Rosy Bindi’s anti-mafia commission from the Italian parliament, even without the rather keen Senator Mario Michele Giarruso in tow, confirmed what we all knew: Malta is deeply exposed to the laundering of moneys by Italian mafia syndicates.

It’s not just Italians of course but from the Italian parliamentarians’ point of view that’s what matters most.

The intentional weakening of our institutional safeguards perpetrated by Joseph Muscat’s administration has caused the current catastrophic situation. He is responsible for the embarrassing criticism we are getting on the world stage. Not to mention his political responsibility for opening up the country to the mafia and the violence we have experienced.

The guard was lowered for the penetration of the Azerbaijani dictator’s family. The Italian mafia can pass through a far narrower eye of a needle than Ilham Aliyev.

The erosion of the Malta Financial Services Authority in the service of activities that have drawn us into this reputational catastrophe is the doing of Joseph Muscat for which he must assume responsibility.

The erosion of the police and its transformation as an extension of his will has dismantled the country’s ability to prevent, pursue and prosecute crime. No wonder Lawrence Cutajar today dodged the bullet and told a high-powered cross-party political committee of specialist Italian anti-mafia legislators he had no time to see them.

Can you imagine the conversation if he had?

On one side a delegation of Italian politicians, veterans of years of fighting the mafia, enacting specialist legislation and supporting enforcement agencies to weed out mafia connections within law enforcement agencies and positions of political authority.

On the other side of the table Lawrence Cutajar, collector of Inter FC memorabilia and esoteric speaker of an endangered creole language only he is moderately fluent in.

Rosy Bindi would have had more to say about Malta’s inability to fight the mafia had she been allowed to sit across from him, as, to her credit, she asked to do.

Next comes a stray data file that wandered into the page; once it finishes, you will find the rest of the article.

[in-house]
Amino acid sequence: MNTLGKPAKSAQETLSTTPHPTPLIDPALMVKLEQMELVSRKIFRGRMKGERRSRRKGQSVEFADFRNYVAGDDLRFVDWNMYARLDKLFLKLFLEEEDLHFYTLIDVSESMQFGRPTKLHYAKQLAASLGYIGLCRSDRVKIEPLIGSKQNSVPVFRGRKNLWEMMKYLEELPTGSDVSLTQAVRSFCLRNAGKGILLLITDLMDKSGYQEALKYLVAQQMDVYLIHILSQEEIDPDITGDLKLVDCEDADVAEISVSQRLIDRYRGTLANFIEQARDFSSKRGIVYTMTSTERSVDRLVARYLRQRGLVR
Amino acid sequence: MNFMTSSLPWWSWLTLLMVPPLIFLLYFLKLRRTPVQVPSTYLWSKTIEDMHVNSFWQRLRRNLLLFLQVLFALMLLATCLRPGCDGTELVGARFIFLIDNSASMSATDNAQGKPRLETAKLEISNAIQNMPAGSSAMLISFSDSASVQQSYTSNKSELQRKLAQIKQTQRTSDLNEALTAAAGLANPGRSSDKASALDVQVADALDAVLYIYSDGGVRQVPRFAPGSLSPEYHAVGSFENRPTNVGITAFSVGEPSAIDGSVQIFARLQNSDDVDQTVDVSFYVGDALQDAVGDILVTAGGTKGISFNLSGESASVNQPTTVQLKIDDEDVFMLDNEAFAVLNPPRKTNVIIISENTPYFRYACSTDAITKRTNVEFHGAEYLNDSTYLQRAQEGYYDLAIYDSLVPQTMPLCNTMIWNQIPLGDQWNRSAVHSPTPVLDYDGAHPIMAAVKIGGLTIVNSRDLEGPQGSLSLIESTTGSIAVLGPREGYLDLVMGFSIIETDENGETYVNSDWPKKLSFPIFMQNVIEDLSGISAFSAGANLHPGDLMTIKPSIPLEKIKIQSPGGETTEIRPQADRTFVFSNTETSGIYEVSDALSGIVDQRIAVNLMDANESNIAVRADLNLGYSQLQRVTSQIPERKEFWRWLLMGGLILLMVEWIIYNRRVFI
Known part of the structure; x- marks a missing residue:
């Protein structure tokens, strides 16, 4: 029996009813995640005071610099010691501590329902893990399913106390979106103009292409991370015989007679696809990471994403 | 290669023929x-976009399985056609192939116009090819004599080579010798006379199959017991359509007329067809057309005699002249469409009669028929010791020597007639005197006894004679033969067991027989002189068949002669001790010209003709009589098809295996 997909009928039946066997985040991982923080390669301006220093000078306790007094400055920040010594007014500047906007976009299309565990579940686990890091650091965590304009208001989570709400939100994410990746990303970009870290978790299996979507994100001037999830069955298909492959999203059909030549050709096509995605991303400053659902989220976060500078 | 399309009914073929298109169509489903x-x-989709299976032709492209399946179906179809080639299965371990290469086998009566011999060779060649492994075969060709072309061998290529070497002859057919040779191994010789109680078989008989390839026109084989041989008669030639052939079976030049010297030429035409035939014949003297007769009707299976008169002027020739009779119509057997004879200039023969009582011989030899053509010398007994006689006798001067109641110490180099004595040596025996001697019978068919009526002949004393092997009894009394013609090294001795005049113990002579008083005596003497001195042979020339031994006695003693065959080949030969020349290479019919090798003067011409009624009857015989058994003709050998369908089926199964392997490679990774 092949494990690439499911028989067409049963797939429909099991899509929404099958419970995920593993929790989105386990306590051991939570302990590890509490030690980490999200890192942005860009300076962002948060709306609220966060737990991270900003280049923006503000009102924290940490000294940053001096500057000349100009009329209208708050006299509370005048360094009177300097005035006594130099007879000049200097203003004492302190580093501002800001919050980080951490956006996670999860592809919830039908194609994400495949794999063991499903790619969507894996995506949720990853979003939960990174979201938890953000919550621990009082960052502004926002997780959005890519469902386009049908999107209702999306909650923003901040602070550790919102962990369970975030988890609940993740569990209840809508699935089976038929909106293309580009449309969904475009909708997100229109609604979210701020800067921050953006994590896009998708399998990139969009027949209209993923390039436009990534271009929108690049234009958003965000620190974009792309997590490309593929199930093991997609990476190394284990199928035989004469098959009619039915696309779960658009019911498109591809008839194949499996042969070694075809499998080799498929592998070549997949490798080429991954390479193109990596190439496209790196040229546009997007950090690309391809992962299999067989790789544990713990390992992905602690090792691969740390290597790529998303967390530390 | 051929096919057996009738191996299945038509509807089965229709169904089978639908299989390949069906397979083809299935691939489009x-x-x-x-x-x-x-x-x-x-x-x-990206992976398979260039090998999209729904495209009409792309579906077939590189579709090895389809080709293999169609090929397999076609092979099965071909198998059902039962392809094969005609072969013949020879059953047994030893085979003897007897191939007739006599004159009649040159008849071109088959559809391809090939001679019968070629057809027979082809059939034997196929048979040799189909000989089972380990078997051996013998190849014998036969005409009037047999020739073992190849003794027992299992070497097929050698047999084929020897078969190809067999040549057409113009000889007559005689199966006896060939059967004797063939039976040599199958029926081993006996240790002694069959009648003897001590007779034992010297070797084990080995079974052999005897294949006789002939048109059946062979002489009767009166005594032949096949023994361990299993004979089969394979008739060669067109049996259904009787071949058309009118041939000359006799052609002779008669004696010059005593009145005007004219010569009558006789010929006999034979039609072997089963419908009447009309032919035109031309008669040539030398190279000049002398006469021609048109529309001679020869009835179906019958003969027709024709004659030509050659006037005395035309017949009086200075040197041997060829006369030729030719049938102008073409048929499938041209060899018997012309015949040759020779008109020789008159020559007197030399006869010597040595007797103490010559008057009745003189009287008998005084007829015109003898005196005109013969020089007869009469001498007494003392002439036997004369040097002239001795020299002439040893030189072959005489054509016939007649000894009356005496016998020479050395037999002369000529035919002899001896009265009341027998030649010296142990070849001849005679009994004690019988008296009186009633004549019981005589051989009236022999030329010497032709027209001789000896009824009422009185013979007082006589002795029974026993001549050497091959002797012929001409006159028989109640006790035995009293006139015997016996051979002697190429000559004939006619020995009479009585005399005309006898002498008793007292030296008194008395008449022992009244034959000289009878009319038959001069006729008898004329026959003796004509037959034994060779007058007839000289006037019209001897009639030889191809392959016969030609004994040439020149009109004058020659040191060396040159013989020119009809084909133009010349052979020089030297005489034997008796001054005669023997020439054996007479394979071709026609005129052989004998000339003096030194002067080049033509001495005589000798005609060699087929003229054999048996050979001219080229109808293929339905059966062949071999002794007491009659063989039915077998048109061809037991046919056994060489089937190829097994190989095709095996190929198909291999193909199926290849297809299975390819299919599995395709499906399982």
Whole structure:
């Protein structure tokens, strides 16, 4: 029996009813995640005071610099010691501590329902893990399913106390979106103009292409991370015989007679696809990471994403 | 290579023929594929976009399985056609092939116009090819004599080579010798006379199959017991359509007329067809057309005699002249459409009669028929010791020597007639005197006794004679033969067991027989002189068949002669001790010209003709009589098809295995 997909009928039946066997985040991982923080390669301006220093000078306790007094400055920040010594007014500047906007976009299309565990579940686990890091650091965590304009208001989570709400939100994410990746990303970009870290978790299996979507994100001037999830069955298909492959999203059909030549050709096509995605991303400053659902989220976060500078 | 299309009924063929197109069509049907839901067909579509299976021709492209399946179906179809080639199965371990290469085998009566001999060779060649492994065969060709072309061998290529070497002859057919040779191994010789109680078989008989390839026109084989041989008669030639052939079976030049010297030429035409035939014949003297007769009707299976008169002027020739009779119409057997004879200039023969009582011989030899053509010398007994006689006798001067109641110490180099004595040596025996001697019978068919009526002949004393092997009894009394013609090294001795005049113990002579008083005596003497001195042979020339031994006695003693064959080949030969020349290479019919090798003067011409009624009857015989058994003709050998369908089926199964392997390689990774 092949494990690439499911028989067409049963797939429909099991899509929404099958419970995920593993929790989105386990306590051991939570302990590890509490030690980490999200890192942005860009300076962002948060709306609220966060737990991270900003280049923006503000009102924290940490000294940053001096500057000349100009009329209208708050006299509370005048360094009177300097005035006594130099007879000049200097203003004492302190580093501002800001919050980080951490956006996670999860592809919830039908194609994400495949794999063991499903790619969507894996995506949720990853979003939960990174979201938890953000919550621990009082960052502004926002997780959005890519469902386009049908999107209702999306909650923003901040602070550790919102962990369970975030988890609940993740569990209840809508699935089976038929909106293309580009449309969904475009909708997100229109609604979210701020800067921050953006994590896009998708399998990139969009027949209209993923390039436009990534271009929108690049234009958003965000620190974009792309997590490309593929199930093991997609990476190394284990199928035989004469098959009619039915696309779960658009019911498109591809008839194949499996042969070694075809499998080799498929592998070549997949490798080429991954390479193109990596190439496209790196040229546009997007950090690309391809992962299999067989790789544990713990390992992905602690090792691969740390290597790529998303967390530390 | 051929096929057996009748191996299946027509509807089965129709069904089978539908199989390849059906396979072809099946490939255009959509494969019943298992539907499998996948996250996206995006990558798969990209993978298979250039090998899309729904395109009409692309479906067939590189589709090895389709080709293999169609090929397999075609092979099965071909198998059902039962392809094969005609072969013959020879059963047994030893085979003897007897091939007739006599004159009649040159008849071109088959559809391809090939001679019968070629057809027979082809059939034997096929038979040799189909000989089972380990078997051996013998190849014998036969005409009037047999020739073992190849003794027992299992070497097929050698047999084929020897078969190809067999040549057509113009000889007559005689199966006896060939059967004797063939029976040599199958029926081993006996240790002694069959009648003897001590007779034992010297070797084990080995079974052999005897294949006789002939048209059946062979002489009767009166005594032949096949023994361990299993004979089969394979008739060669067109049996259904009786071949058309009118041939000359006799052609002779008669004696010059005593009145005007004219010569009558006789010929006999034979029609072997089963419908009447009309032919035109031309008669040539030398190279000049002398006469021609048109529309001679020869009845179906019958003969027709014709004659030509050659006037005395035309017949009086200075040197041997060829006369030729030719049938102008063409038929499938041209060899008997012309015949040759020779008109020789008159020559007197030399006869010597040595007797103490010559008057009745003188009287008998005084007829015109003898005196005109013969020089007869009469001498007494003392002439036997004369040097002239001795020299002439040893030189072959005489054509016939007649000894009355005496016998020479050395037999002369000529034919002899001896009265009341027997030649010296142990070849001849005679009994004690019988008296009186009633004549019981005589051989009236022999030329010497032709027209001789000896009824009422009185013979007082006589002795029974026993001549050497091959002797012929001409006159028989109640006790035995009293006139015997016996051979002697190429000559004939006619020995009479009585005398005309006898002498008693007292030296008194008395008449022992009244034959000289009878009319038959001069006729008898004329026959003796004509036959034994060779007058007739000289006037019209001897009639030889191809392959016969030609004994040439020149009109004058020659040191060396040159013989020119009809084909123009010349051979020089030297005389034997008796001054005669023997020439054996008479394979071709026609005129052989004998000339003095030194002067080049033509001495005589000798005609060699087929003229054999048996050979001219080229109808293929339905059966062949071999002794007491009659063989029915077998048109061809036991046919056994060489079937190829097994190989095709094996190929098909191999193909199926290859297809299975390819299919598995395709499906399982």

What she may not have been able to figure out for herself in the short time she was here, is the fact that Lawrence Cutajar is placed where he is for cogent reasons. His cluelessness is a product of intelligent design, albeit not his own.

It ensures that the political motivations of investigations into affairs that impact Joseph Muscat and his gang are never contested by a Commissioner of Police who is approximately aware he is alive.

It took four other Police Commissioners before they found Lawrence Cutajar. After his predecessors got too smart they needed the least likely candidate: the guy who would never question his underlings receiving instructions over his head.

Take for example Ian Abdilla’s forays into the FIAU.

And take for an even starker example Silvio Valletta investigating the assassination of Daphne Caruana Galizia. The husband of a government Minister is leading investigations that are officially supposed to be chasing all leads.

But, I am informed, investigators have by and large decided Daphne Caruana Galizia’s murder is not political. If you rule out politics you’re left with an explanation that would allow Joseph Muscat to say that the political reaction to the crime, including by the victim’s family, is not grounded in fact.

Rosy Bindi’s commission would have recognised this sort of behaviour from their years of experience in the subject matter. Particularly loud alarms would have been raised when the investigating officer tasked with the job would turn out to be so transparently close to the administration.

Consider that Rosy Bindi expressed explicit concern that Malta (for which read our government) “is not doing enough to fight money laundering”. With that frame of mind, at a meeting at police headquarters Lawrence Cutajar would have looked to her weak and incompetent.

But Silvio Valletta would have looked altogether more sinister.